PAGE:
We were excited to learn about many of the new, enterprising endeavors the Columbia Humane Society is pursuing to reduce stray and feral cat populations.

Last week, the Spotlight focused a feature story and advertiser-supported announcement on the spring “kitten storm” that occurs twice yearly, resulting in a population explosion of kittens. Many of those kittens end up at the Columbia Humane Society.

Too many people continue to own cats that have not been spayed or neutered. It is not uncommon to hear or read about free kitten giveaways when those female cats give birth to a litter of kittens.

On the surface, it’s an attractive offer.

On one hand, the owner of the unwanted kittens is able to get rid of them. Kittens are an expense and each litter can include anywhere from one to half a dozen kittens, if not more. Over time, such expenses can detract from other purchases or drag a household economy into the red. Free is just the right price to unload a nuisance.

On the other side, there is a seemingly inexhaustible supply of people in the market for kittens. They’re cute, sure, and make great companions. Why bother spending $110 on a two-week old kitten at the Columbia Humane Society when somebody down the street is giving them away for free?

Why, indeed?

There are hidden costs attached to those free kittens, costs that are shouldered by the larger community. Negligent pet owners contribute to the stray and feral cat population by not following through with their receipt of the kitten and having it spayed or neutered. That, in turn, results in feral and stray cats in our neighborhoods, poses threats to other pets and perpetuates the occurrence of cat population explosions. It’s a vicious cycle.

The $110 spent on a kitten at the Columbia Humane Society ensures it has been spayed or neutered, has received all of its vaccines, has been microchipped and has been tested for feline leukemia. It’s a negligible expense for would-be cat owners that demonstrates responsibility and a value commitment — both financial and emotional — to the new family pet.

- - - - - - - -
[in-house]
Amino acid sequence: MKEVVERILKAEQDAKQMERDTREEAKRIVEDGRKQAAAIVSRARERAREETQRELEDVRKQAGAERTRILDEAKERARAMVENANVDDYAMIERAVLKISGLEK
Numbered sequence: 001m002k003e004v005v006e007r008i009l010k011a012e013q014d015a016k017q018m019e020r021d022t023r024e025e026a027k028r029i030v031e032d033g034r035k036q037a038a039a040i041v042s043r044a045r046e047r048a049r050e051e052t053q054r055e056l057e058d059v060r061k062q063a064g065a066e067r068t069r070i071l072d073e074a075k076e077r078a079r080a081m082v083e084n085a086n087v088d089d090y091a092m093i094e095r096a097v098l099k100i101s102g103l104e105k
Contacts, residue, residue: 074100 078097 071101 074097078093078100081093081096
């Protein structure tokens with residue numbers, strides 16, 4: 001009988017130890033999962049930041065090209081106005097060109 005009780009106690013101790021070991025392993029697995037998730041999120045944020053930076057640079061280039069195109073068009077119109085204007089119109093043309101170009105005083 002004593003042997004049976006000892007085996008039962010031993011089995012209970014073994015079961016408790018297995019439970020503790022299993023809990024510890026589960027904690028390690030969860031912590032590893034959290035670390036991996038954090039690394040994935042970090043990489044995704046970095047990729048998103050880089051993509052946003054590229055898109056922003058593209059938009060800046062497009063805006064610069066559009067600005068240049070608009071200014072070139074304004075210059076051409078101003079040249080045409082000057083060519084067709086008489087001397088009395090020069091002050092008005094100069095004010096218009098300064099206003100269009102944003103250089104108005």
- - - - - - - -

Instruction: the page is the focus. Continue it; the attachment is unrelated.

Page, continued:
The Columbia Humane Society is additionally taking steps to help control the already-present cat problem, which reached a boiling point in downtown St. Helens a few years ago, as local merchants were pitted against each other over the fate of the omnipresent stray and feral cats. One of those is the consideration to start a spay and neuter clinic open to the public that would allow low-income pet owners to take responsible steps to reduce unwanted cat populations.

A second possibility is that the clinic could spay and neuter cats that have been trapped, allowing for the cat to be returned back to its territory. It’s a tactic, called trap-neuter-return, or TNR, that is widely hailed as the most humane and economically sustainable option for controlling feral cat populations.

Dean Cox, the Columbia Humane Society’s executive director, says he and his agency already have the bulk of the equipment needed to perform spay and neuter operations. What he needs, he says, are veterinarians to participate and help champion that cause.

One option is to solicit the involvement of the Feral Cat Coalition of Oregon, a nonprofit agency composed of volunteers, including veterinarians, who travel into various communities in a mobile clinic to perform spay and neuter operations on trapped stray and feral cats.

We would like to add our voice to the chorus at the Columbia Humane Society in encouraging the participation of local veterinarians in the effort to curb feral cat populations. It’s a worthwhile cause that improves the community and demonstrates a humane commitment to animal care.

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